Sauerkraut on New Year's Day

In Eastern Belgium, where I come from, it is customary to eat cooked sauerkraut with sausages on New Year’s Day.

Practically every family I knew growing up did so and people unwilling to cook can still easily get it at many restaurants throughout the region. It is also the only culinary tradition that I’ve kept after I moved to Brussels. I just had some a few hours ago. It’s not as good as the one my parents made, mainly due to lack of access to the best ingredients, but it sure was all right. A great way to start the year.

Does anyone else do this or at least has heard of that tradition ? I wouldn’t be surprised if it was also popular in Germany and Eastern France, but I don’t know really.

Never heard of it.
We eat lentils to ensure prosperity in the new year.

I could eat sauerkraut with sausages every day.

But New Year’s is for Hopping John — black-eyed peas and rice, seasoned with smoked pork — and a mess of greens. “Eat poor on New Year’s, eat rich the rest of the year.”

Yeah, sauerkraut is a “thing” in our family for New Years. And we’ve got a bit of German/Dutch in us, too.

Now, that’s funny : this is also the traditional reason to eat sauerkraut at Christmas here.

Tourtière is my go-to for New Year’s.

In my family, it’s sauerkraut and roast pork at New Year’s (though we’ll have sauerkraut and kielbasi at various other times). It probably comes from my grandmother, who was of Pennsylvania Dutch ancestry. It’s not a tradition that matters much to me (when I was living far from family, I didn’t bother), but it’s what Mom will be making tonight.

On my mother’s side of the family, it was black-eyed peas. Nobody else in the family liked them, so we opted for the Mexican tradition of pozole, a pork-and-hominy stew.

We also do sauerkraut and pork. I was told years ago that it’s a tradition done for good luck in the New Year, but I have no idea where that comes from.

It was a thing where I grew up in western PA. It’s stuck in my mind sufficiently that although I’ve long been living in in the Houston area, I’m having kielbasa and sauerkraut tonight.

I didn’t actually stop to consider that there were designated new year meals. Growing up, it was always a family party type thing, so cheese and crackers, little weenies in a grape jelly based BBQ sauce, some home made cheese puffs, and things like that.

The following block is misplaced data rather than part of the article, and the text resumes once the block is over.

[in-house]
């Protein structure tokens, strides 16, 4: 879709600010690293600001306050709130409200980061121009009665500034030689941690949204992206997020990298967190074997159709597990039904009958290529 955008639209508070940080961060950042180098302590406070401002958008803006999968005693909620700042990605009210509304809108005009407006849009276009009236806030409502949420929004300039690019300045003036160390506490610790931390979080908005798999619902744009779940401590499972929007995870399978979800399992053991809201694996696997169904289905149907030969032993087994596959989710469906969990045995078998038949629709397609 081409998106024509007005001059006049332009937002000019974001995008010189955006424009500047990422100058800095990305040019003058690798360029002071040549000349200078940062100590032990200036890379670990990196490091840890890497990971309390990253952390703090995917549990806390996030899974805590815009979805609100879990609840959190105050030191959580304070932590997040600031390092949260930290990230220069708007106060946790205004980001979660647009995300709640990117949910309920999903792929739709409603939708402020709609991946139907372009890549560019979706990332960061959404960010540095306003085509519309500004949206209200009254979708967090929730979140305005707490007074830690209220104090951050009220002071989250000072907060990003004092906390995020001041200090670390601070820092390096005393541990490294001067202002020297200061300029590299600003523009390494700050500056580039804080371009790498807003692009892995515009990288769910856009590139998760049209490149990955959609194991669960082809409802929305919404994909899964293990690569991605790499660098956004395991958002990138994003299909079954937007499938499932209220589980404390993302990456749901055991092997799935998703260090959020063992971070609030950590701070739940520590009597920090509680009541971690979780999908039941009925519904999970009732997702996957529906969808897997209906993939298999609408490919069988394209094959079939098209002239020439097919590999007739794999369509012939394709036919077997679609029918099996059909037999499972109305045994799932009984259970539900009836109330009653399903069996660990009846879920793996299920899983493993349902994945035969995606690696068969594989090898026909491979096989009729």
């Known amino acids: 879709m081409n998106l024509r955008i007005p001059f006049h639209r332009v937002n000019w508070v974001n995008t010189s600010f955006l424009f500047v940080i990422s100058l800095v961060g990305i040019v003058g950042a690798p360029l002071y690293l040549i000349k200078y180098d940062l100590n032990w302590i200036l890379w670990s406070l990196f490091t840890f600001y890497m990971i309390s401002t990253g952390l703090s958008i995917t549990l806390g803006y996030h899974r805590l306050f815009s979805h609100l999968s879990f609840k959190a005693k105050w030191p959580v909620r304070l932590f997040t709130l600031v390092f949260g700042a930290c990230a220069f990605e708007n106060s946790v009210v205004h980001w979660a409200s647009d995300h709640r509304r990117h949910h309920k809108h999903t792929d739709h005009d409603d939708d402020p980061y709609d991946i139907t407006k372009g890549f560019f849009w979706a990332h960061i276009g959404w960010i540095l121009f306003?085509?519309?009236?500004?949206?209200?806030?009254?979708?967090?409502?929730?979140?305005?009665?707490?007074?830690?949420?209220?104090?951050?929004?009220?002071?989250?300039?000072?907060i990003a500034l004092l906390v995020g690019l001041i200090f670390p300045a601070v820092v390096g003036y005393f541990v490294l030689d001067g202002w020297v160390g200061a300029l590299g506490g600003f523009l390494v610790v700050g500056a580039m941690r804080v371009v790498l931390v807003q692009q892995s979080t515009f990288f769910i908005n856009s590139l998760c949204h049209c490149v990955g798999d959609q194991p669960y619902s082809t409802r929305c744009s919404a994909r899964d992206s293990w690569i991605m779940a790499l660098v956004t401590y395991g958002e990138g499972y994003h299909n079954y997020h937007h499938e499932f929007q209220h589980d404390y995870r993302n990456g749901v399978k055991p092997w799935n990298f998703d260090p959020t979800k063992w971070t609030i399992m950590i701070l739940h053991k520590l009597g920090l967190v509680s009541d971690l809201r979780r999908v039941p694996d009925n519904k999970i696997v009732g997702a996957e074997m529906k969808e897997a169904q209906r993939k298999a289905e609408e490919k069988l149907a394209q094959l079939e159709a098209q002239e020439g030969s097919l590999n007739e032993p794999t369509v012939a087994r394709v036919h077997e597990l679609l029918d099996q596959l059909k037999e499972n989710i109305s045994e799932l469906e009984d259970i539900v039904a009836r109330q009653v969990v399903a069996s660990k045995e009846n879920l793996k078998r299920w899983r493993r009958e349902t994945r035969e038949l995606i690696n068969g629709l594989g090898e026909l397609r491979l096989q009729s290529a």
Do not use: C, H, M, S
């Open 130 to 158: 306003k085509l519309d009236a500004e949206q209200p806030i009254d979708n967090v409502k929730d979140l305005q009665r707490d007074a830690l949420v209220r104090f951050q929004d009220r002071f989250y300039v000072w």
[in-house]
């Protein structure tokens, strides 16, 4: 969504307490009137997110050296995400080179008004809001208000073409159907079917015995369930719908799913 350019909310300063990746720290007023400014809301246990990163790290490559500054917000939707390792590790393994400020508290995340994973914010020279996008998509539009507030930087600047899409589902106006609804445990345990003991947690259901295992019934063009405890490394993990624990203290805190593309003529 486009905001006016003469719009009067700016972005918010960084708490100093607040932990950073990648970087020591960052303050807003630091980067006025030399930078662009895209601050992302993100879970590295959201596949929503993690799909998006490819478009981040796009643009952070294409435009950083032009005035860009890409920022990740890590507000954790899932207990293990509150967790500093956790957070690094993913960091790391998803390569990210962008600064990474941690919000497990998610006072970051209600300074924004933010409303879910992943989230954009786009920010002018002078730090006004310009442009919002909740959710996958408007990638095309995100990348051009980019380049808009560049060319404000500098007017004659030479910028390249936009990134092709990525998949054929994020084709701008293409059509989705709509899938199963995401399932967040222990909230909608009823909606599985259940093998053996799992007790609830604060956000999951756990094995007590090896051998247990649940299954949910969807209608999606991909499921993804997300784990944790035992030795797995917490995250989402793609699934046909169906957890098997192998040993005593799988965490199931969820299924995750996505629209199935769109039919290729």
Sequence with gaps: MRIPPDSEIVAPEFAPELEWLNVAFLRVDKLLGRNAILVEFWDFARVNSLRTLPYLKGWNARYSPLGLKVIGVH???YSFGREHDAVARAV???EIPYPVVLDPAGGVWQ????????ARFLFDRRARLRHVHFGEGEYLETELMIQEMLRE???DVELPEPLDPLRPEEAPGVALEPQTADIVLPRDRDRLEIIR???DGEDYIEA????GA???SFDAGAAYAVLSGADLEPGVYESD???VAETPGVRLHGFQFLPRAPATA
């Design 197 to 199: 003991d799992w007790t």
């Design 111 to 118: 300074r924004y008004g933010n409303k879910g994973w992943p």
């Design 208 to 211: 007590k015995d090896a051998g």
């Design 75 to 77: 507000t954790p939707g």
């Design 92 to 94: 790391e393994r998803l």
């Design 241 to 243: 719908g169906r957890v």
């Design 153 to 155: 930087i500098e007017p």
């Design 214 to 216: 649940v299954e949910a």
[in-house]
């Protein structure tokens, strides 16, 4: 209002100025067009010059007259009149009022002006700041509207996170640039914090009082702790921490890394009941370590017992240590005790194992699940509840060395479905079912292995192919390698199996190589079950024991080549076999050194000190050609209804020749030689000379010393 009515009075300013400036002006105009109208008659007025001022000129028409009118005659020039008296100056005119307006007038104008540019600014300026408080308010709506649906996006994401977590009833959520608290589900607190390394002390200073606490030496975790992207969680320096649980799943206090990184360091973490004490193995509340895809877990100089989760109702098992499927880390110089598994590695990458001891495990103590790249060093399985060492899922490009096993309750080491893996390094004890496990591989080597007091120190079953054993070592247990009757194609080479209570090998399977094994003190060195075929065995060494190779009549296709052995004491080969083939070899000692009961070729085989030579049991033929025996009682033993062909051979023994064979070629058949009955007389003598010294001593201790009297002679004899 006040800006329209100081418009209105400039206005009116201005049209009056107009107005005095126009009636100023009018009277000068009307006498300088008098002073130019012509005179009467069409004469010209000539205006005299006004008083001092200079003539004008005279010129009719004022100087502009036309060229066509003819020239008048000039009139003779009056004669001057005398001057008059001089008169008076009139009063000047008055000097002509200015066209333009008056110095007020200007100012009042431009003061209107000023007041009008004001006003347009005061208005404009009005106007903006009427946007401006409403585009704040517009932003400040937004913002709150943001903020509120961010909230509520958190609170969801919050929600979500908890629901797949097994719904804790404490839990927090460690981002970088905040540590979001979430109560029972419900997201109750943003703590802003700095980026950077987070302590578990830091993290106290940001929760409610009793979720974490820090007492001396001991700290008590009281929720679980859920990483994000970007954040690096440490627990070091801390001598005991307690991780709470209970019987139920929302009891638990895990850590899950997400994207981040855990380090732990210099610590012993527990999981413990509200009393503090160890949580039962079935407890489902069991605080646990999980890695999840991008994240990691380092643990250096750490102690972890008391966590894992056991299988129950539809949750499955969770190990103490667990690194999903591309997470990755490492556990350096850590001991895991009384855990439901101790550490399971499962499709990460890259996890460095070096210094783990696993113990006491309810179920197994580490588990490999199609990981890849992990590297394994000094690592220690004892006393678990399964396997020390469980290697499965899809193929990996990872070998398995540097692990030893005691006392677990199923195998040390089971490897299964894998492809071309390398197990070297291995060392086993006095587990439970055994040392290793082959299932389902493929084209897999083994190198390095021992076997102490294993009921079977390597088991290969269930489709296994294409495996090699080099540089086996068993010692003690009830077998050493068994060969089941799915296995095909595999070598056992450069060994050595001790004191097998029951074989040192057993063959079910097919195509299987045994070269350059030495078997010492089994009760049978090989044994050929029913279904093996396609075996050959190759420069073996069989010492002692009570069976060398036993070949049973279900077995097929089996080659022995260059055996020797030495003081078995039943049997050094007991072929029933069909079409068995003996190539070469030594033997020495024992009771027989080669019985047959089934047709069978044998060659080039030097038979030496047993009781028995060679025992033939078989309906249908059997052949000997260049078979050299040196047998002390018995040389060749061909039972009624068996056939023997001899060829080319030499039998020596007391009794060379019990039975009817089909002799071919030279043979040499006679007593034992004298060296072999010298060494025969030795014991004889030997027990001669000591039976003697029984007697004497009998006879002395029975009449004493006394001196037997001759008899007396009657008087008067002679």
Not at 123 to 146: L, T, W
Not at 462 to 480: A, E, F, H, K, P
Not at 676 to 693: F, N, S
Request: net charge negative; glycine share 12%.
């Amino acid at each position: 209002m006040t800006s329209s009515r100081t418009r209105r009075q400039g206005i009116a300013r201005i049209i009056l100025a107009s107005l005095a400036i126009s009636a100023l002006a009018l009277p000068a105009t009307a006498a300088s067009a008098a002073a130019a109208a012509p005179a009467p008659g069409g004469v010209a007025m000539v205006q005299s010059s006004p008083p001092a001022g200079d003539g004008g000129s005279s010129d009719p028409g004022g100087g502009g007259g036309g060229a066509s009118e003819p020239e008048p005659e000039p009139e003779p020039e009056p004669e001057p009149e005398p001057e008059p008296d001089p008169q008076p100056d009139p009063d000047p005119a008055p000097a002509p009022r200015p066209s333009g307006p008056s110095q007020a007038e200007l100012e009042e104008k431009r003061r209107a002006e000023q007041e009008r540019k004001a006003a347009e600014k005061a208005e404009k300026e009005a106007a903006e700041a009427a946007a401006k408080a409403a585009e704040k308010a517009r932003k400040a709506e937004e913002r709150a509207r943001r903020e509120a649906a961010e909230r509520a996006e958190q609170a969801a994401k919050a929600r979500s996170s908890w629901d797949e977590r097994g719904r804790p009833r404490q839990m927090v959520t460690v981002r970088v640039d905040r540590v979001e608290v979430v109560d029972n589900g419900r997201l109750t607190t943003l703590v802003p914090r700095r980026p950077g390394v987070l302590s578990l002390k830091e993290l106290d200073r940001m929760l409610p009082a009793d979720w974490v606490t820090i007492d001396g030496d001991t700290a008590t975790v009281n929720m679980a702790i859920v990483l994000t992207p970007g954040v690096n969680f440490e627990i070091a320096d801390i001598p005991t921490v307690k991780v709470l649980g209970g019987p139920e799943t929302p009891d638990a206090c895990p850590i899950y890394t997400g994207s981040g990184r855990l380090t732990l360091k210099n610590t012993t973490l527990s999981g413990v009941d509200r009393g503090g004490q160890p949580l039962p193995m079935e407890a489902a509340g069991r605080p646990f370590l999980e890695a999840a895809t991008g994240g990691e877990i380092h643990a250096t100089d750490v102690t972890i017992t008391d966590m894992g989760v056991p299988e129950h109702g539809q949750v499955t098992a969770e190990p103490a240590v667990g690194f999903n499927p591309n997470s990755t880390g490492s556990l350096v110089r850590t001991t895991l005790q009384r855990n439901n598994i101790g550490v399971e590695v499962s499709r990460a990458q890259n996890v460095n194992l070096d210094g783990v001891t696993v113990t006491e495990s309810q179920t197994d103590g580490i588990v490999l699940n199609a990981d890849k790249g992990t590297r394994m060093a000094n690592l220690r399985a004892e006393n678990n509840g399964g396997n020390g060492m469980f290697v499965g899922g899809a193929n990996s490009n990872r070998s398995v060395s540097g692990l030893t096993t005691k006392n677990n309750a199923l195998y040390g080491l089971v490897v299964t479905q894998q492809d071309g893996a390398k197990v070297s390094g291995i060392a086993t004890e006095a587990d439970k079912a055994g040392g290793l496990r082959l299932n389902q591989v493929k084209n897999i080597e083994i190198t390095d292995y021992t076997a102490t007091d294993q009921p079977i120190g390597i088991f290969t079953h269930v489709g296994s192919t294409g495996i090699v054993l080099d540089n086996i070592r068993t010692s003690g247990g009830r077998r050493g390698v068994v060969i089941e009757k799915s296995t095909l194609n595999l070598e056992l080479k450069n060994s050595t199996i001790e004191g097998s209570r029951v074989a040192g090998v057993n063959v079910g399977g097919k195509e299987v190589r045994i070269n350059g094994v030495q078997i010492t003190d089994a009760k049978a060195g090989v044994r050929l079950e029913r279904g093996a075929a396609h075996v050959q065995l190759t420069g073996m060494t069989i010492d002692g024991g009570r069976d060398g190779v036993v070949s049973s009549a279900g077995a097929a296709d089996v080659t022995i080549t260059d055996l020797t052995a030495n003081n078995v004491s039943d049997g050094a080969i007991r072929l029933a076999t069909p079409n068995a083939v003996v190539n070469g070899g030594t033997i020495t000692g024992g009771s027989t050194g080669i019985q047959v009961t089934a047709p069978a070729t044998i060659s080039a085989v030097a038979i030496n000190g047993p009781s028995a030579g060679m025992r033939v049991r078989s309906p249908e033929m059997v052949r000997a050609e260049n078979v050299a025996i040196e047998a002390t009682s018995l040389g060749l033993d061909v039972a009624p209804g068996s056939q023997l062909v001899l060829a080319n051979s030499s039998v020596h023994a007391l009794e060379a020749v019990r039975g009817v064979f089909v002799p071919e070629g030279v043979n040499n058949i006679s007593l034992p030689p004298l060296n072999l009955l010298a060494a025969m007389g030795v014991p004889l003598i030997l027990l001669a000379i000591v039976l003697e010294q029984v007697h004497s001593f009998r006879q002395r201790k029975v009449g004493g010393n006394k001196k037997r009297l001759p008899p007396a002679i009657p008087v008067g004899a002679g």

The idea of sauerkraut with sausages actually sounds quite awesome. I’m going to try to see if I can have the new Alexa remind me of that next year.

Yup, black-eyed peas for my Mom’s family as well (Southern Missouri). And good luck and prosperity was the mooted reason.

Never heard of it, oddly enough I made sauerkraut and chorizo on a whim today. It was awesome!
Maybe I’ll start my own tradition.

Pork and Sauerkraut on New Year’s is the way it’s donein the state of Ohio-- as de rigueur as turkey on Thanksgiving day!


When I was a kid, there were three things that were completely associated with New Year’s Day :

1 - Cooked sauerkraut and sausages.
2 - The Vienna New Year’s Concert.
3 - The ski jumping contest at Garmisch-Partenkirchen.


In Maryland we had sauerkraut at Thanksgiving, and blackeyed peas and greens at New Year. The latter is intended to look like money and therefore is a symbolic magical evocation of prosperity. What is represented by sauerkraut, other than the previous high German ancestry of Baltimore, I cannot say.

There are many like-minded New Year’s Eve culinary traditions both in Europe and the U.S.

**Sauerkraut **or smothered cabbage or **greens **or cole slaw – represents money.

Black-eyed peas or hoppin’ john or lentils – commonly represents prosperity and/or luck. A less common interpretation is that the black-eyed peas resemble pennies, and thus also represent money (maybe this is a more common interpretation in areas where lentils are traditional?).

Pork (roast pork, pickled pork, ham, sausages, etc.) – commonly represents health.

Commonly (at least in Louisiana and Mississippi), **cornbread **is served as well, representing gold. Kinda overlaps money, I suppose.

The specific New Year’s Eve meal in the New Orleans area is black-eyed peas (cooked with pickled pork and pork sausage) over rice**, either cole slaw or greens, and cornbread. Greens are more common in local African-American homes, cole slaw is more common otherwise. Roast pork or a ham is sometimes served as well, though the pork added to the black-eyed peas is generally copious. A small minority of local homes will also serve smothered cabbage (more added pork!) either in lieu of or on the side of the cole slaw.

** for whatever reason, black-eyed peas over rice isn’t called “hoppin’ john” here.

My spouse’s family (hence my spouse) always eats pickled herring on New Year’s Day for “luck”. Supposedly an Irish thing.

Never heard of sauerkraut with sausages on New Year’s Day, although it’s a tradition I’d be happy to begin honoring.

I’ve been reminded all day today that, while sauerkraut might or might not guarantee prosperity in the new year, it does guarantee productivity. Of a sort.